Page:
Taylor House eviction came without warning

On behalf of the Yukon Heritage Resources Board, I would like to thank the heritage and public communities for their support and assistance, both for us and for the territory's heritage assets. We would, howeve

On behalf of the Yukon Heritage Resources Board, I would like to thank the heritage and public communities for their support and assistance, both for us and for the territory’s heritage assets. We would, however, like to address an inaccurate statement from Friday’s Yukon News article about Taylor House.

While the board had been made aware that the commissioner was interested in obtaining the Taylor House for his office, at no time until the board received the eviction notice last week were we made aware that a decision had been made to undertake the change in tenant.

This was despite repeated requests to be kept apprised of any decisions that had been made and to be provided, should the decision be made to transfer the building to the commissioner, with sufficient notice to identify and move into suitable new accommodations.

After we were made aware in late 2012 of the commissioner’s interest, the board clarified for the Yukon government the board’s work and other uses of the building under the board’s tenure and provided letters of support from the heritage community for the board’s tenancy, whereupon the board’s lease for the building was renewed through April 2014, with automatic conversion to a month-to-month lease thereafter.

As recently as June of 2014, however, Yukon government representatives had assured the board that no decisions about a change in occupancy had been made, no changes were immediately imminent, and that if a decision to change tenants were to be made, the board would receive considerable notice.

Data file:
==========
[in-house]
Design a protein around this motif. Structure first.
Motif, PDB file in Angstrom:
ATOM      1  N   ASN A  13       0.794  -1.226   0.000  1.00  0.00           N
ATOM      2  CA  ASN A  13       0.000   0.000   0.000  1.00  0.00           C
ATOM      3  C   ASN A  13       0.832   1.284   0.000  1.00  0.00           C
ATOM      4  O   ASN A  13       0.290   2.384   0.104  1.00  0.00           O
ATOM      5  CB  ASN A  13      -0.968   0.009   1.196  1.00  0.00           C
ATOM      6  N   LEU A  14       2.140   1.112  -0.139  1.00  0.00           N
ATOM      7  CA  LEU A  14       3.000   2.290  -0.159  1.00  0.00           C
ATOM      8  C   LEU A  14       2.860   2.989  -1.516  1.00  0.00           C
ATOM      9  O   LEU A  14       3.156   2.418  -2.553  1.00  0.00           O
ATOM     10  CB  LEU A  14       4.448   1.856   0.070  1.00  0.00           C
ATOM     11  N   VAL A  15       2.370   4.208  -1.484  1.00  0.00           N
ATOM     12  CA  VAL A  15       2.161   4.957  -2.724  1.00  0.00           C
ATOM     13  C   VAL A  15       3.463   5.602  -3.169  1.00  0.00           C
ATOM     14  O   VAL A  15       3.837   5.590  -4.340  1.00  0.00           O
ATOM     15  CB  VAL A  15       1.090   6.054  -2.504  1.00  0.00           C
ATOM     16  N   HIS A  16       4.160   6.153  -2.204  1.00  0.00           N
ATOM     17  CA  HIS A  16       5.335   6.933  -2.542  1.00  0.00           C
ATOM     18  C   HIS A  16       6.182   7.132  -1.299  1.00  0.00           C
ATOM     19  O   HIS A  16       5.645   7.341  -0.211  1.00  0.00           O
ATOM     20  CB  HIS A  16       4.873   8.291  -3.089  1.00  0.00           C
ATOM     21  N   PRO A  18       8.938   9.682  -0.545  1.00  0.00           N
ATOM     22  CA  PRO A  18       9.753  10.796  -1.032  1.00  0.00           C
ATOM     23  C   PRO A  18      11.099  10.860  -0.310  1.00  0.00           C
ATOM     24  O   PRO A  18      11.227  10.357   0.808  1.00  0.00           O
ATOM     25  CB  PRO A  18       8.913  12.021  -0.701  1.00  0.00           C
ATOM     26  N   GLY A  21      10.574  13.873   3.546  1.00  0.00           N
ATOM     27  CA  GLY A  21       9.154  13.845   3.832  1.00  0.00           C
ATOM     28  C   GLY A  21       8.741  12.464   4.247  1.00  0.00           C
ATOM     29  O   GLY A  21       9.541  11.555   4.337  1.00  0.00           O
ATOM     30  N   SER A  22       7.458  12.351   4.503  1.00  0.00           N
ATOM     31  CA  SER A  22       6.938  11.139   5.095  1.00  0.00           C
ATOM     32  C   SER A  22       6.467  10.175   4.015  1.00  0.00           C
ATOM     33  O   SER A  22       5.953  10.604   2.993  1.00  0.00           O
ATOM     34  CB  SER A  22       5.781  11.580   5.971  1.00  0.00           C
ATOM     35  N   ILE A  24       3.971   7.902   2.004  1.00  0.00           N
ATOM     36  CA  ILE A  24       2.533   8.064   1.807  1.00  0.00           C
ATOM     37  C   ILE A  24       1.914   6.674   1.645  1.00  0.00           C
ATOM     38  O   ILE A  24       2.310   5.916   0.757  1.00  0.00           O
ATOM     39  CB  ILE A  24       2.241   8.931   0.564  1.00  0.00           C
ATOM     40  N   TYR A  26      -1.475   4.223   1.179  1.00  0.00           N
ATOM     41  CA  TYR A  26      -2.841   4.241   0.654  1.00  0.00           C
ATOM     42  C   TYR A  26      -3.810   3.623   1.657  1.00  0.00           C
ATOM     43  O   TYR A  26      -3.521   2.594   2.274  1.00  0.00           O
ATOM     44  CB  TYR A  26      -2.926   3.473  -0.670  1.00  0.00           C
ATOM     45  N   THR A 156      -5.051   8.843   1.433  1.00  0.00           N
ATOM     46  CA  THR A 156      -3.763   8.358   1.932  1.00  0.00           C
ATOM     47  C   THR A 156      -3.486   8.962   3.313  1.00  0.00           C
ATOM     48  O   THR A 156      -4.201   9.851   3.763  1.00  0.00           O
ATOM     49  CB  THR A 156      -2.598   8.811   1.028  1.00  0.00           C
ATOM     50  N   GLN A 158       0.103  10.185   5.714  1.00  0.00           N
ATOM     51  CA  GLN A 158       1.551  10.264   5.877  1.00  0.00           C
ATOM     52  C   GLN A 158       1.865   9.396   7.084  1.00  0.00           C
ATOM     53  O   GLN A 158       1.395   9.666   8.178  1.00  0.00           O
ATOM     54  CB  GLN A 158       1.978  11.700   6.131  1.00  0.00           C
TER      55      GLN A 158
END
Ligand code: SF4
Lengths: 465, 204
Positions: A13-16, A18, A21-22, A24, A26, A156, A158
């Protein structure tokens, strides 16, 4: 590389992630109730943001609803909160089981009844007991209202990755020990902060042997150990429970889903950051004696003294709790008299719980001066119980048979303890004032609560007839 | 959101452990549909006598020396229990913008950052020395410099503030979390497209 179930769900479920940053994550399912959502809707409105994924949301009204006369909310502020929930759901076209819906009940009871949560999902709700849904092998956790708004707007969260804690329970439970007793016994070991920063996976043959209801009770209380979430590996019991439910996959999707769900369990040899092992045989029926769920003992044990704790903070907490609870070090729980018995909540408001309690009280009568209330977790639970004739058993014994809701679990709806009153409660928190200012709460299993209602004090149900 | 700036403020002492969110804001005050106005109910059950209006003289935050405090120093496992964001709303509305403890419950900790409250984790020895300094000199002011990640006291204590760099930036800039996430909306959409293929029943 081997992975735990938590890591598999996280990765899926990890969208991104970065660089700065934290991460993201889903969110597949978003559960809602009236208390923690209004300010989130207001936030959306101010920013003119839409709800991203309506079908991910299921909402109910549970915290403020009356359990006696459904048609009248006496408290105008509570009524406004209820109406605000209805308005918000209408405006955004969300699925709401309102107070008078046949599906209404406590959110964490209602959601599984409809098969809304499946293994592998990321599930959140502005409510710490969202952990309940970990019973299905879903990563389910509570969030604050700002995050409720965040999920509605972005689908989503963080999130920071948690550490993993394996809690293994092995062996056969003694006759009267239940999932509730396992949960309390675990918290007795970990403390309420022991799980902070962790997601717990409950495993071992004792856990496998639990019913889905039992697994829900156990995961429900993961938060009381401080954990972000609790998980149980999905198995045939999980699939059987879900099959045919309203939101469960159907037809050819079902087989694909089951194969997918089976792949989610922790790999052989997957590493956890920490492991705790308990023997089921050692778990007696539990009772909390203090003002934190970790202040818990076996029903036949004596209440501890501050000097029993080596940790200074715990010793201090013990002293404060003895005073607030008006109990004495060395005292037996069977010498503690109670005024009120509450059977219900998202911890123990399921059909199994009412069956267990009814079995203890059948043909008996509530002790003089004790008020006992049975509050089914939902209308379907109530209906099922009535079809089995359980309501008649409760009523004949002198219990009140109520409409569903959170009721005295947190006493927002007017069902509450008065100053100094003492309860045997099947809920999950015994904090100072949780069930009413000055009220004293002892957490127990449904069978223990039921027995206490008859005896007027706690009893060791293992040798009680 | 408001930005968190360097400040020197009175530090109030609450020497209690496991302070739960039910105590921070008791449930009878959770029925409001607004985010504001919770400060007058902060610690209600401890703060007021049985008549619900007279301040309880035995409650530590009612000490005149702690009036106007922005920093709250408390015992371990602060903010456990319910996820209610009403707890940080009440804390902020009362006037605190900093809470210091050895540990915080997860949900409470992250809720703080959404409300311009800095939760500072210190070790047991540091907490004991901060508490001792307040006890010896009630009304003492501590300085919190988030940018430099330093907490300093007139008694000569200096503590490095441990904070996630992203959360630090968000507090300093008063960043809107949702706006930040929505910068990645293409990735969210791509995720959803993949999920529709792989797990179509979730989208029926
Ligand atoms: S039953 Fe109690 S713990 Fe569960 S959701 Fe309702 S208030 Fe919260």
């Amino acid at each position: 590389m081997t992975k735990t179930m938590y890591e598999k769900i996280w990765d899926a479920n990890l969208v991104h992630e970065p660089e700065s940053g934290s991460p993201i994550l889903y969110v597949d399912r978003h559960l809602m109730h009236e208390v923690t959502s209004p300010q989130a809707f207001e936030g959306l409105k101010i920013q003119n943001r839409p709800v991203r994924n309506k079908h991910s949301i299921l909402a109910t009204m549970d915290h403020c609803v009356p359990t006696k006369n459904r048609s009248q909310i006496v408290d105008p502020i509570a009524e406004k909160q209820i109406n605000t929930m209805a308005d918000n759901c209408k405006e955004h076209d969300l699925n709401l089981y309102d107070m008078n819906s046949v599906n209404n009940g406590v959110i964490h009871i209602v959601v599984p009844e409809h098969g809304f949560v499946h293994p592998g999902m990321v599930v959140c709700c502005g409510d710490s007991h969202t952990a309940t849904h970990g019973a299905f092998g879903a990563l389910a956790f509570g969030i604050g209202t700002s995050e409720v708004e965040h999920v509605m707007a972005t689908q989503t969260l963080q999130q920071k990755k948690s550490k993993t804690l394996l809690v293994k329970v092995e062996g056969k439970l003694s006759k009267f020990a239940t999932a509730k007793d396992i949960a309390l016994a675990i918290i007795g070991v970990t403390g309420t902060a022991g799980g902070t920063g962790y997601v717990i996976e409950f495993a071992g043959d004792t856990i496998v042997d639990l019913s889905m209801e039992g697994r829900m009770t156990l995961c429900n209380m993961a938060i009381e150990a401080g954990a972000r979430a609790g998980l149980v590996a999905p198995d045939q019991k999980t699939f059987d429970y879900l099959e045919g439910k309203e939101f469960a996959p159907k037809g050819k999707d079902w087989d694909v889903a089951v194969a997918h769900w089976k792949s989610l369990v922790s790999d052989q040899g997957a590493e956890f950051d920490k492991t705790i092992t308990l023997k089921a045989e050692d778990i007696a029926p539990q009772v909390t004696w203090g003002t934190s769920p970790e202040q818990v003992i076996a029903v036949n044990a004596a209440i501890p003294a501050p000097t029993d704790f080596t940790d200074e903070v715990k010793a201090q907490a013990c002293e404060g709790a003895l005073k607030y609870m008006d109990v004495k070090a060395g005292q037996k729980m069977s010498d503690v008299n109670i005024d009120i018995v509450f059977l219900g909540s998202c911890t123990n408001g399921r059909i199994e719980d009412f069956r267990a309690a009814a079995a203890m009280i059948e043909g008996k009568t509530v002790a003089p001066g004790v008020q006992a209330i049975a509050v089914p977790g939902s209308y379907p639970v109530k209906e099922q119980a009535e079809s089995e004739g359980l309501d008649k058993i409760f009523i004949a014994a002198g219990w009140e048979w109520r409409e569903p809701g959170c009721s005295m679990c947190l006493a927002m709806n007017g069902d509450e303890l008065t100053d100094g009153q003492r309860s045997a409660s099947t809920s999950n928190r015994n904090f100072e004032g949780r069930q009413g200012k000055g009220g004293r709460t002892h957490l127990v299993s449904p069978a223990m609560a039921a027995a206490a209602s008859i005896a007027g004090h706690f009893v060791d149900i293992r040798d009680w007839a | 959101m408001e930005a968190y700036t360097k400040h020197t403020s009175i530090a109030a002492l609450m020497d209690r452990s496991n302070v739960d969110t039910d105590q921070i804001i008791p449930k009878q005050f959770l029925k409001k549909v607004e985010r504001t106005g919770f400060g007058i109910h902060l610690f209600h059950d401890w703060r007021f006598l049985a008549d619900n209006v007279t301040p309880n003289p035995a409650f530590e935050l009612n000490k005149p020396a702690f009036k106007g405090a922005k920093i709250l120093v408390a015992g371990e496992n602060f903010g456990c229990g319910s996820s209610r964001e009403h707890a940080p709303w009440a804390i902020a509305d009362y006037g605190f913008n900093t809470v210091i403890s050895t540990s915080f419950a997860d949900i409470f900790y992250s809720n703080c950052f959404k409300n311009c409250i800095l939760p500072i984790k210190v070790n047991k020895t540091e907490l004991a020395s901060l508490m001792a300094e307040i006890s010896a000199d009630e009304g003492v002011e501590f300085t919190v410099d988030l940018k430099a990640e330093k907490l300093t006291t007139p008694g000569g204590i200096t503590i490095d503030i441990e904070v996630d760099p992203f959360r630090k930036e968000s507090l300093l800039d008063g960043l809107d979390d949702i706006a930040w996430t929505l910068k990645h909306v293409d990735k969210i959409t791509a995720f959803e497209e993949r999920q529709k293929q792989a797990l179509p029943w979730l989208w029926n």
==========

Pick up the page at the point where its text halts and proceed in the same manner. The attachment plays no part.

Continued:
The board was advised to continue operations as normal, including arranging for uses and maintenance of the Taylor House over the coming months.

While the fact that the Yukon government had considered transferring tenancy to the commissioner did not come as a surprise, that the decision had been made to do so and the short notice to vacate the building certainly did.

The board is encouraged that funds have now been found to undertake long-recognized and much-needed structural repairs to Taylor House and that the historic character of the building will be retained well into the future.

We wish the commissioner all the best in continuing a long tradition of sharing and interpreting the history of this exceptional historic site.

Anne Leckie, Chair

Yukon Heritage Resources Board

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